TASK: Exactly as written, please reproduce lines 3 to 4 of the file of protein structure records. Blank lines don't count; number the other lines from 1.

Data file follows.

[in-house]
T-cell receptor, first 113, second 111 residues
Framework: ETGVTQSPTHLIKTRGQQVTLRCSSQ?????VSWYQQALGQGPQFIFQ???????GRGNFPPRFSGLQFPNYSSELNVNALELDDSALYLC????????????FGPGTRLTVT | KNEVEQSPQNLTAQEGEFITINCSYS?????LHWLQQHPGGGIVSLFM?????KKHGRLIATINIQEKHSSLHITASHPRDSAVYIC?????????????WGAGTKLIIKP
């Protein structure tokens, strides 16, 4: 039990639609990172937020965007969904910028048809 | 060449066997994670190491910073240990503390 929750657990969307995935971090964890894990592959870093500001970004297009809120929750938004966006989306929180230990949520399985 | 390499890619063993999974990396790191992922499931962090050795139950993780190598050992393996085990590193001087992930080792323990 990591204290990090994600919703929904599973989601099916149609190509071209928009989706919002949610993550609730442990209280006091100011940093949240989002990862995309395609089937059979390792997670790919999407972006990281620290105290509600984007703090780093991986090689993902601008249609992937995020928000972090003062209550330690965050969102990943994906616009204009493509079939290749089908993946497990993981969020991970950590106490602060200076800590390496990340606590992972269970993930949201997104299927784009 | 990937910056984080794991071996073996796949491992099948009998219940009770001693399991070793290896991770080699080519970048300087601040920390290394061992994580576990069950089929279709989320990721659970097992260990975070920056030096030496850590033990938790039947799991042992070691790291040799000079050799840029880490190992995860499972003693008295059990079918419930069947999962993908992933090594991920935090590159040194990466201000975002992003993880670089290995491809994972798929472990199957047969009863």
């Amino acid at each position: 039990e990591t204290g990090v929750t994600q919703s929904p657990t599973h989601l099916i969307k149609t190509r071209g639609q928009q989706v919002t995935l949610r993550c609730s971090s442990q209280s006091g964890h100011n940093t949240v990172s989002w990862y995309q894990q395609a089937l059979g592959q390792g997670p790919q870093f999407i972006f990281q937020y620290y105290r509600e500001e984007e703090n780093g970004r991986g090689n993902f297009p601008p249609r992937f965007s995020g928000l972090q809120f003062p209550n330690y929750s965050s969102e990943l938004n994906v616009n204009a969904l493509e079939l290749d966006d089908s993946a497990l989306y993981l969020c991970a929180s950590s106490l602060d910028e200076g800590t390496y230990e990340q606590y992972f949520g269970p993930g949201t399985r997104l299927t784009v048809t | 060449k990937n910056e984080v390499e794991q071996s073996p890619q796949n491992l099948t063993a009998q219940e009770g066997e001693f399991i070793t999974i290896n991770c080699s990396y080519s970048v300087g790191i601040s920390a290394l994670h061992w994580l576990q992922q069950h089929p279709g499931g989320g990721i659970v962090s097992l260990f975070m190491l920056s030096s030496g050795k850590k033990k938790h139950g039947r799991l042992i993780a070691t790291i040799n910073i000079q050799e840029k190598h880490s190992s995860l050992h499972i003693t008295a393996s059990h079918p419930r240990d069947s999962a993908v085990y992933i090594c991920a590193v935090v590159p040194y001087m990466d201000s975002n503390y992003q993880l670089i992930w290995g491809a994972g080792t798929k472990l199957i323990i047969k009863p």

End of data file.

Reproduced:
Framework: ETGVTQSPTHLIKTRGQQVTLRCSSQ?????VSWYQQALGQGPQFIFQ???????GRGNFPPRFSGLQFPNYSSELNVNALELDDSALYLC????????????FGPGTRLTVT | KNEVEQSPQNLTAQEGEFITINCSYS?????LHWLQQHPGGGIVSLFM?????KKHGRLIATINIQEKHSSLHITASHPRDSAVYIC?????????????WGAGTKLIIKP
């Protein structure tokens, strides 16, 4: 039990639609990172937020965007969904910028048809 | 060449066997994670190491910073240990503390 929750657990969307995935971090964890894990592959870093500001970004297009809120929750938004966006989306929180230990949520399985 | 390499890619063993999974990396790191992922499931962090050795139950993780190598050992393996085990590193001087992930080792323990 990591204290990090994600919703929904599973989601099916149609190509071209928009989706919002949610993550609730442990209280006091100011940093949240989002990862995309395609089937059979390792997670790919999407972006990281620290105290509600984007703090780093991986090689993902601008249609992937995020928000972090003062209550330690965050969102990943994906616009204009493509079939290749089908993946497990993981969020991970950590106490602060200076800590390496990340606590992972269970993930949201997104299927784009 | 990937910056984080794991071996073996796949491992099948009998219940009770001693399991070793290896991770080699080519970048300087601040920390290394061992994580576990069950089929279709989320990721659970097992260990975070920056030096030496850590033990938790039947799991042992070691790291040799000079050799840029880490190992995860499972003693008295059990079918419930069947999962993908992933090594991920935090590159040194990466201000975002992003993880670089290995491809994972798929472990199957047969009863």